CCSS Mathematics calls for students to learn a variety of methods for solving problems and develop a conceptual understanding of mathematical situations. On occasion, this means solving a math problem in a way that seems counter-intuitive or overly complex for someone who has been adding and subtracting numbers for decades. There is often a reason for having students do something in a particular way. In future blog posts, we are going to take a look at some of these assignments and videos that are circulating and explain them. Feel free to send us any of these that you’d like explained and analyzed.
Does Common Core require high school English teachers to stop teaching literature and focus instead on non-fiction writing?
Absolutely not! Common Core Standards do require that students read more non-fiction and informational texts than may have been assigned previously. The guidelines change depending on the grade, but by high school, a significant majority (see table below) of what students read should be informative and technical texts. The important thing to remember about this requirement is that those guidelines extend to all of the material that students read for school in all subjects. Nearly all the material that students read in their history and science classes will be non-fiction and informative texts, and those certainly count! English teachers should be including some relevant non-fiction and informative texts within the English classroom, but throwing out all of Shakespeare and Harper Lee for technical manuals is going overboard. Political speeches, literary non-fiction, informative essays, and biographical works are all a part of non-fiction and informative texts. Many teachers already include informational material in the classroom.
Do the CCSS include any standards for science or history?
Yes and no. CCSS do not include any content standards for history or science. They do include reading comprehension and writing literacy standards for sixth grade through twelfth grade. These address how students should be reading informational texts in their science, history, and technical courses, as well as standards that describe the kinds of writing assignments that they should be completing in those classes. These have traditionally only been addressed directly in English courses; however, as we mentioned above, the vast majority of middle school and high school non-fiction and informational reading is done outside the English classroom. These standards are designed to work alongside content standards to teach students how to read and interpret history, science, and technical texts, and how to write effectively for these courses There is also a new set of science content standards being adopted by many states. Social Studies and History standards are in development, and a new set of Art standards have recently been released. We will be addressing all these standards in separate blog posts in the future.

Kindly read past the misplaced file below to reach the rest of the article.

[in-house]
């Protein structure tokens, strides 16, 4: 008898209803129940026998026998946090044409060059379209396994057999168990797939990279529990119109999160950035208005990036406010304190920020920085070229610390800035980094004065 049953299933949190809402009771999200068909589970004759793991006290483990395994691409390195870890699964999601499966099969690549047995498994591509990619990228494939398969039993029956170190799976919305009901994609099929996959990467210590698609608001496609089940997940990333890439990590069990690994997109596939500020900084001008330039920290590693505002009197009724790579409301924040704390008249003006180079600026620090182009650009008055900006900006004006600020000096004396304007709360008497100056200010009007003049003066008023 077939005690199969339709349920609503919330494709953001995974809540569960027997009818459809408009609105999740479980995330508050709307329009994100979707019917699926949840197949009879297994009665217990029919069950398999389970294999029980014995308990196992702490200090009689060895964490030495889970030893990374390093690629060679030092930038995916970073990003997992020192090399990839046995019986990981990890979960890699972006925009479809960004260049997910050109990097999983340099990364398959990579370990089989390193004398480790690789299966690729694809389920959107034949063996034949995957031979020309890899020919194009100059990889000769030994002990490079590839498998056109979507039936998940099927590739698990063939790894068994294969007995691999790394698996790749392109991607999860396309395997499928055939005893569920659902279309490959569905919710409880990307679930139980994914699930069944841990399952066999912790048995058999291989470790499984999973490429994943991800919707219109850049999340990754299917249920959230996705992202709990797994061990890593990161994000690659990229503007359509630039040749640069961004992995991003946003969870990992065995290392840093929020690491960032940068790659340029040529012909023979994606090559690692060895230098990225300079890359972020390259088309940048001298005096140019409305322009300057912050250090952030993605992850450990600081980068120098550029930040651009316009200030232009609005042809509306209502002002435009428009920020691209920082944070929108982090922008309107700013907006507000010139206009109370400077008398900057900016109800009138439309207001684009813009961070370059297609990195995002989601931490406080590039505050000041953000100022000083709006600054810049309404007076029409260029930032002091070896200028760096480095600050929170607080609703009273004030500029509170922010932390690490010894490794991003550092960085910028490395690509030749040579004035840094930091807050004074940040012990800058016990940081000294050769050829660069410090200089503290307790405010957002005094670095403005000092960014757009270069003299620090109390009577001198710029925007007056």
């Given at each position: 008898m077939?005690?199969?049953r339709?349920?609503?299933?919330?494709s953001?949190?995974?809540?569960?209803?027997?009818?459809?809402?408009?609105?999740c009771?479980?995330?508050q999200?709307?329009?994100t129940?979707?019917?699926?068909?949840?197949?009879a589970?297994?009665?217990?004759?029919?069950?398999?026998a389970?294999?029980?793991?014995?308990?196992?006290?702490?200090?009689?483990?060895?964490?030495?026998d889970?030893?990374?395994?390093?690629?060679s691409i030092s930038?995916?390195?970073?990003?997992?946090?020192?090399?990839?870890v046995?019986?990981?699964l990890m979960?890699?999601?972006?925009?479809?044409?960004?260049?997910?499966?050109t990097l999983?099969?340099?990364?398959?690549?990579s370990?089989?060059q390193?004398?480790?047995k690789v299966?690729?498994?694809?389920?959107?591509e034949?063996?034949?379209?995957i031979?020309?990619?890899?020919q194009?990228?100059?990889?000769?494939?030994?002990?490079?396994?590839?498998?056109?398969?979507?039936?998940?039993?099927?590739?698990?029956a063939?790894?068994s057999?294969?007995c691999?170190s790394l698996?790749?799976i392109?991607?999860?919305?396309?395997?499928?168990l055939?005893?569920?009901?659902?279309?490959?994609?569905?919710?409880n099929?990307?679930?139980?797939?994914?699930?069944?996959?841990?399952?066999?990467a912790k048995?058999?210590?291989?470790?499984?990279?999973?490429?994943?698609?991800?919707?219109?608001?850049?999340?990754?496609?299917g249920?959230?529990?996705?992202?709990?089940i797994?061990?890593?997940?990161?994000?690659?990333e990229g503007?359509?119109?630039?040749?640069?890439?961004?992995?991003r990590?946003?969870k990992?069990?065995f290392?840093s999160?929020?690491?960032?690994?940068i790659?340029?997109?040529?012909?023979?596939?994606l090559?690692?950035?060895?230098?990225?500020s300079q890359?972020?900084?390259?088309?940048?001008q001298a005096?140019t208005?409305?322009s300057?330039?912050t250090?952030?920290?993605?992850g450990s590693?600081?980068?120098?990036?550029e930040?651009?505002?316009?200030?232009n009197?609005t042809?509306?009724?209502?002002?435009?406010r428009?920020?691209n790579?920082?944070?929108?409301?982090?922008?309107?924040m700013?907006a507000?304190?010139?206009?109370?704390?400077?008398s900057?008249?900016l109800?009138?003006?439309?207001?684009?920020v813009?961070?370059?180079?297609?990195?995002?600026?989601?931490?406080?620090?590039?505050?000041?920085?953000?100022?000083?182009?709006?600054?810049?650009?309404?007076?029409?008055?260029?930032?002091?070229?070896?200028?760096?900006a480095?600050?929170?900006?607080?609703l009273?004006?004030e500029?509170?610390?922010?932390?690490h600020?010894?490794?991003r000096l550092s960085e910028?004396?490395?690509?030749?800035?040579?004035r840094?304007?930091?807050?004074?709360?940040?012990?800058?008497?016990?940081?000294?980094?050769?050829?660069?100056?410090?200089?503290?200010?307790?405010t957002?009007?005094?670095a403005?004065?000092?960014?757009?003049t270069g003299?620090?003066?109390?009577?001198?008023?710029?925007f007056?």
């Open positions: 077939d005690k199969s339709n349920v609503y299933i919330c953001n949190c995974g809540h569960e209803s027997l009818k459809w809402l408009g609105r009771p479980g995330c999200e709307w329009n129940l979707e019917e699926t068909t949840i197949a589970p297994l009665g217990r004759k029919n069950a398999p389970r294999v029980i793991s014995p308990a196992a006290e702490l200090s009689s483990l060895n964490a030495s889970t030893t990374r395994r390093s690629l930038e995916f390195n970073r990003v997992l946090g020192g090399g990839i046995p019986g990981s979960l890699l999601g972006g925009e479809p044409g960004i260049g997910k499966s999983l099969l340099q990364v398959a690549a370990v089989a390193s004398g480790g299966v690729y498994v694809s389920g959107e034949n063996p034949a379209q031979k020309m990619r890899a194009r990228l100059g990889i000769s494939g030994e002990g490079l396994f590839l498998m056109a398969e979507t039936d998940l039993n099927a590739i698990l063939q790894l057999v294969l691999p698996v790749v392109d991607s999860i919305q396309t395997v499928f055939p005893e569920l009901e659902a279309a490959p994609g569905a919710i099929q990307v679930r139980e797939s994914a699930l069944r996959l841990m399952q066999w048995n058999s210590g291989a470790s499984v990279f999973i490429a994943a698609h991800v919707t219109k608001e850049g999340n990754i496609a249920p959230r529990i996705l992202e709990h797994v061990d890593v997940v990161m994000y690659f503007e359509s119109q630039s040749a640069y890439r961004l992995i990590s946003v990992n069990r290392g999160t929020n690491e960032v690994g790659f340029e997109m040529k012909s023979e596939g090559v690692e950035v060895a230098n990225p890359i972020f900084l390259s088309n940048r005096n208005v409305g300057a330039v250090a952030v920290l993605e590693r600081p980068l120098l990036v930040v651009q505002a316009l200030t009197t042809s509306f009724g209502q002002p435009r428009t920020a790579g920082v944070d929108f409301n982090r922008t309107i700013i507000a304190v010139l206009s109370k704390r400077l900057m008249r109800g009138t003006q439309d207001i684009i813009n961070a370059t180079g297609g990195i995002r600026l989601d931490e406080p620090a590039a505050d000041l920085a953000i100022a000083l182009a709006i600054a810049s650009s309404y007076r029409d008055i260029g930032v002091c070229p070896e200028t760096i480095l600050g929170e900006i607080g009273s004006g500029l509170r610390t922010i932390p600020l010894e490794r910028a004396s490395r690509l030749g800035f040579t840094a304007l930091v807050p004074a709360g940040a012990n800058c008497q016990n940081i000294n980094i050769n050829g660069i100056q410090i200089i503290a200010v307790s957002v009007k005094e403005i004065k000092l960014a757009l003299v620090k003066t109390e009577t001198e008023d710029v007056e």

The Common Core State Standards Initiative also has a whole series of Frequently Asked Questions, Myths vs. Facts, and a section on what parents should know on their website. If you have any questions for us about the Common Core State Standards, or any other educational topic that you would like us to answer, feel free to send them to us. We will answer them as soon as we are able, and you may be featured in a future post! Look for our next FAQ blog soon!